Italy’s public broadcaster Rai had to field a public outcry after it censored a gay sex scene in the popular drama How to Get Away With Murder.
The scene in question from the pilot episode reveals how character Connor (Jack Falahee) obtains sensitive case documents for Annalise (Viola Davis) via a steamy hook-up with Oliver (Conrad Riamora).
Show creator Peter Nowalk got wind of the edit and tweeted his disappointment, posting the original scene as it was meant to be viewed.
Falahee tweeted one side-by-side comparison, stating solely: “Damn, this is crazy.”
Damn, this is crazy. https://t.co/H3EwwkU0MJ
— Jack Falahee (@RestingPlatypus) July 9, 2016
Viewers across Italy also tweeted their disappointment. RaiDue, where the show airs, tweeted an apology, acknowledging their fault on “an excess of modesty,” and vowed to air the episode Sunday night as intended.
“Censorship of any love is inexcusable,” tweeted executive producer Shonda Rhimes.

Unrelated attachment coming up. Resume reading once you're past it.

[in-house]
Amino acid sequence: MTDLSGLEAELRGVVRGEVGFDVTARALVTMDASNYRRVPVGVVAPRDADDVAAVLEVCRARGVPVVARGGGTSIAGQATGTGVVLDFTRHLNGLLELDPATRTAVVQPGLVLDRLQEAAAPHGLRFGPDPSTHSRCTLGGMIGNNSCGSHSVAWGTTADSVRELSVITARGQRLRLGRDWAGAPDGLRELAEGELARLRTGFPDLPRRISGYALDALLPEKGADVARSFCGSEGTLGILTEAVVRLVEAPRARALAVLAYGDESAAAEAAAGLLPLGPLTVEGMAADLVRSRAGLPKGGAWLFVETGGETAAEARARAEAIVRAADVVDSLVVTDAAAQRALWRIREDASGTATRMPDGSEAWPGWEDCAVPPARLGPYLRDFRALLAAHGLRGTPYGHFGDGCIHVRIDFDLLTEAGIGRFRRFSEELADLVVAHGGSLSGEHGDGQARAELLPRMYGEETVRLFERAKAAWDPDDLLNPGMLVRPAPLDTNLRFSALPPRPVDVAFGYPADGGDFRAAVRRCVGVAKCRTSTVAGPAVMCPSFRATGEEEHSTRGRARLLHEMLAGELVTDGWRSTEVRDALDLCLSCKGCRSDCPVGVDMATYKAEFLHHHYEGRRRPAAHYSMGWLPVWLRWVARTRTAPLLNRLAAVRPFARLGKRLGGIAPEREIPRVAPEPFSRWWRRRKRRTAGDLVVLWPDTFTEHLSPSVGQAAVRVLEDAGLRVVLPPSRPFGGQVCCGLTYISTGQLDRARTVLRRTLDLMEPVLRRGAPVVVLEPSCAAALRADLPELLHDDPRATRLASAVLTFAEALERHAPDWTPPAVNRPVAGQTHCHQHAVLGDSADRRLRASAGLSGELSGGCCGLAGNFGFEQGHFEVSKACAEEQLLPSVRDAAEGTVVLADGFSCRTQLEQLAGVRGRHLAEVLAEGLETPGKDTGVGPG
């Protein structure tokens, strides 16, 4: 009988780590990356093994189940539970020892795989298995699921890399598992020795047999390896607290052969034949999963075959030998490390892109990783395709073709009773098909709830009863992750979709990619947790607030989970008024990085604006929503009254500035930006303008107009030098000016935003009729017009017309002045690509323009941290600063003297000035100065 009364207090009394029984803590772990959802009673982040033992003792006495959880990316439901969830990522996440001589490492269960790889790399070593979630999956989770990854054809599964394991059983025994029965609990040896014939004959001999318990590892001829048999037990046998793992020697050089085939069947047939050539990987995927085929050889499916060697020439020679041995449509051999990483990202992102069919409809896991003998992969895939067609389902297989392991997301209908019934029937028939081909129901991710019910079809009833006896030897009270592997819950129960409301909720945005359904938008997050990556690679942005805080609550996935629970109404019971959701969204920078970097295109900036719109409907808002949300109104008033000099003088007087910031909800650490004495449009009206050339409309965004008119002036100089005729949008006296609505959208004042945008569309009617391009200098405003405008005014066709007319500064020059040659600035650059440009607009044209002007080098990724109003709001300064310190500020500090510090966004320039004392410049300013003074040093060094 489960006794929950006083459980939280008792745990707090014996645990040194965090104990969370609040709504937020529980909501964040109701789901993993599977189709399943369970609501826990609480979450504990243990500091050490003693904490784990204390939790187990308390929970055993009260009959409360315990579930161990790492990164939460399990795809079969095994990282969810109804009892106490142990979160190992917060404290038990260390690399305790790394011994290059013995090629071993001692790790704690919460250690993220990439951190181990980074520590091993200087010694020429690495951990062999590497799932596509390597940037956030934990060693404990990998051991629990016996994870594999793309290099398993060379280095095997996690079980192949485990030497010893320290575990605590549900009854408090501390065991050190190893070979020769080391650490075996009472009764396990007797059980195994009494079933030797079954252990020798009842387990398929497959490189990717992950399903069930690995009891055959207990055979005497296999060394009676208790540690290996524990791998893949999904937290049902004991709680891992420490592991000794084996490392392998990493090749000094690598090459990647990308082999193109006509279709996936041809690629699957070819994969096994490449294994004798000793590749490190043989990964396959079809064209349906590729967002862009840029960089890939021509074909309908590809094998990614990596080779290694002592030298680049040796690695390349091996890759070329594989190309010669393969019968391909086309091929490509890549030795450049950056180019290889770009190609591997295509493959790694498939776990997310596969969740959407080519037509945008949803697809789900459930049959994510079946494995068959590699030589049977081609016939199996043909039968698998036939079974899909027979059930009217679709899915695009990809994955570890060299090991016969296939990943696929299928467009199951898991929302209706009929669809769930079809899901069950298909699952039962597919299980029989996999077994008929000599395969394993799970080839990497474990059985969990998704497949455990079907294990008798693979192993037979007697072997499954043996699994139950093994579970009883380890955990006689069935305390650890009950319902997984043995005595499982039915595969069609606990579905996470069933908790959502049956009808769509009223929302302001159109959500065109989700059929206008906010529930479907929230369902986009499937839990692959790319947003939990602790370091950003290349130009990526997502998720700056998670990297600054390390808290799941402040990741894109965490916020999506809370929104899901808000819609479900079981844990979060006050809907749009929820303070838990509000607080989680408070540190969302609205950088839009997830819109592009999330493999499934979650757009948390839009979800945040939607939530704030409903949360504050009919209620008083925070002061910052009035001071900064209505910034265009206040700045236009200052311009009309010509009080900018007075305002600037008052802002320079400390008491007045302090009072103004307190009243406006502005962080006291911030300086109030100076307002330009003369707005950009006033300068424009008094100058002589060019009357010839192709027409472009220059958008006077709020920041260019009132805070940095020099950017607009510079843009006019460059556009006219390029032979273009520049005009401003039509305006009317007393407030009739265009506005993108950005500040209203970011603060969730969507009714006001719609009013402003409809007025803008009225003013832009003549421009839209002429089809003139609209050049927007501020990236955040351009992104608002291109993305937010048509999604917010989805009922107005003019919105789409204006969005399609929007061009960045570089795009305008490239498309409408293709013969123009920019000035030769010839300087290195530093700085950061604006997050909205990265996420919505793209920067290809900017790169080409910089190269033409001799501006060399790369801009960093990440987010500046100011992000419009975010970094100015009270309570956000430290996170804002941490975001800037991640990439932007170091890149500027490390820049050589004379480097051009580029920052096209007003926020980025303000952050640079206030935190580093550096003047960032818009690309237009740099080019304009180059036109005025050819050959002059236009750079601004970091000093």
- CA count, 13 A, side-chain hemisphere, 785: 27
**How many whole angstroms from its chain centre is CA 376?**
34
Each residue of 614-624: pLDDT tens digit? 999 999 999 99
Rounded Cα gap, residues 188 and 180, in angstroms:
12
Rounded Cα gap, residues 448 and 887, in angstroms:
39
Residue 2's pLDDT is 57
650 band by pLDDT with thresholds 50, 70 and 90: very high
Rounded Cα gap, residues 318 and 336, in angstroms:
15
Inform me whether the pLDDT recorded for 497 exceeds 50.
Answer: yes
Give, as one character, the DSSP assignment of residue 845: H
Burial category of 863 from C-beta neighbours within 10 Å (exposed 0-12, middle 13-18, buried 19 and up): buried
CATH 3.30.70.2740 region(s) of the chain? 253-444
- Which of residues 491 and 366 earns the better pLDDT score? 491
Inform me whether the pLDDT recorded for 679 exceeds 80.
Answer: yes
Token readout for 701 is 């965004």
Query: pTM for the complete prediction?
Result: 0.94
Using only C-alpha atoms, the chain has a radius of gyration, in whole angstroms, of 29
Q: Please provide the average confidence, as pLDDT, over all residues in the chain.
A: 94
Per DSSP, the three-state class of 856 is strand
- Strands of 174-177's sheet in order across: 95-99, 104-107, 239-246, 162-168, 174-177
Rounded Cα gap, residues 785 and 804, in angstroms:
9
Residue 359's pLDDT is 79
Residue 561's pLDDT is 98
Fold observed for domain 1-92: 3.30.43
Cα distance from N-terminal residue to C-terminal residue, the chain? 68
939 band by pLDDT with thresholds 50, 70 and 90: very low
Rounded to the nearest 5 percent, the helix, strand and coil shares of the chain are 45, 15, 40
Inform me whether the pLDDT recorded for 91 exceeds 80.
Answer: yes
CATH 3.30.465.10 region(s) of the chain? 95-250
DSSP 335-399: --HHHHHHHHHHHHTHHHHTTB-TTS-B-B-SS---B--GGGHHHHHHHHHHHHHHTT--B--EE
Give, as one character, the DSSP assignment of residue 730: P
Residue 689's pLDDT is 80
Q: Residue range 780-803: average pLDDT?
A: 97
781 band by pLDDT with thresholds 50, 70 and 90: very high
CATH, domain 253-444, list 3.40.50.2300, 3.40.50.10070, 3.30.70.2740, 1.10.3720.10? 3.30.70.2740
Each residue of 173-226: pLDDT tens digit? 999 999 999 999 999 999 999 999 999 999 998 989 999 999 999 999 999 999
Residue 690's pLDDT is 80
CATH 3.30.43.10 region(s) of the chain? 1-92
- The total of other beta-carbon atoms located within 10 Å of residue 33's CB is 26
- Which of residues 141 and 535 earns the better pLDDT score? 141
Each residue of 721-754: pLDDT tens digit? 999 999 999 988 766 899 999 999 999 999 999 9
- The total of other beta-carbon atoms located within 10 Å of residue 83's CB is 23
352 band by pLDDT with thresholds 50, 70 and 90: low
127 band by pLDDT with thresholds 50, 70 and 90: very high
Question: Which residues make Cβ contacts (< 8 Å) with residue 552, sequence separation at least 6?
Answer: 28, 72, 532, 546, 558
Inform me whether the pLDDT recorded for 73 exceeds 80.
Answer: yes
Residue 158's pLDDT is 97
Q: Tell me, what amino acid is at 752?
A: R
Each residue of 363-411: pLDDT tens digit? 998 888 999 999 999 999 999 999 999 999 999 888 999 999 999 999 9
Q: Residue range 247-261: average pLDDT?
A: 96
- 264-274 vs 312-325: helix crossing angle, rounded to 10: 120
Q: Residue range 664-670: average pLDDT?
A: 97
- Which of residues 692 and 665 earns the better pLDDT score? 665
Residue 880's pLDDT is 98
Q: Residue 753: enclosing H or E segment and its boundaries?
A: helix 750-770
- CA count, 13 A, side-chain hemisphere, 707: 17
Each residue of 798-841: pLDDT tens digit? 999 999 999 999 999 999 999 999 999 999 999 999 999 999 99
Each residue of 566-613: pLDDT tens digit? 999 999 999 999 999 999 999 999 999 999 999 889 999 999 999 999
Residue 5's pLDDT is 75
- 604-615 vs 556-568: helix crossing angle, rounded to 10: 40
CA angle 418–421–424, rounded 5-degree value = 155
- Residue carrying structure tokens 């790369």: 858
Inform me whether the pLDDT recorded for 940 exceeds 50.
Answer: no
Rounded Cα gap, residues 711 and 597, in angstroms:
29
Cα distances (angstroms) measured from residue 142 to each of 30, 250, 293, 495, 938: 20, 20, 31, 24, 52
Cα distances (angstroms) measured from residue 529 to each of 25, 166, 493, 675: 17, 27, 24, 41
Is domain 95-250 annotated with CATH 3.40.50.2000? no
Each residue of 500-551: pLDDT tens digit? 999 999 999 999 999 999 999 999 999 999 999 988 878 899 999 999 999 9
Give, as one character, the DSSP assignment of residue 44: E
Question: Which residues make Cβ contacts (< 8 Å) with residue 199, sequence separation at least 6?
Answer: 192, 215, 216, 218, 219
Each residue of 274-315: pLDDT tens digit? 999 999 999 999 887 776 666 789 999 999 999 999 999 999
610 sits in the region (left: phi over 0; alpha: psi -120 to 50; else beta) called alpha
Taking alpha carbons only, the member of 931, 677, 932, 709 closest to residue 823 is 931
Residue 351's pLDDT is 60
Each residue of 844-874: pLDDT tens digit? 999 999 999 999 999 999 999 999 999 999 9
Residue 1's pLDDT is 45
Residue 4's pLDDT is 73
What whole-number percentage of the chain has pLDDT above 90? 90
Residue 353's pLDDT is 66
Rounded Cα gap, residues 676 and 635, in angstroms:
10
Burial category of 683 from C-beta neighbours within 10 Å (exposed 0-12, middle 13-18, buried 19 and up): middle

— Matteo Mizzoni (@Diconoche) July 8, 2016
Rai’s official news Twitter feed responded, “True @shondarhimes. An integral version of the episode is scheduled to air tomorrow at 9 pm on @Rai2. #LoveisLove #htgawm.”
How to Get Away With Murder originally aired uncensored on Sky’s pay TV Fox channel in Italy, and in an edited version in its second run on RaiDue, which did not censor heterosexual sex scenes.
Ilaria Dallatana, director of RaiDue, while not acknowledging censorship, reinforced to Italian media that the incident was merely the mistake of an overzealous editor. She pointed out that programming such as How to Get Away With Murder and Jane the Virgin (surrogacy is illegal in Italy) is helping to move the conversation about difficult topics forward in the country. “Even these controversies help us to take the right steps for the future. As demonstrated by our new programming schedules, RaiDue will be increasingly sensitive to the complexity of the contemporary world.”
When asked by one viewer on Twitter why he doesn’t care about censorship in the Middle East, Nowalk responded, “I didn’t know! Fans, let me know when the show is edited in your country. #LoveIsLoveIsLove.”
In May, Italy became the last country in Western Europe to approve same-sex civil unions, despite strong opposition by the Catholic Church. While hailed by human rights activists as a step in the right direction, the new law fails far short of full marriage rights and does not allow couples the right to adopt partners’ biological children.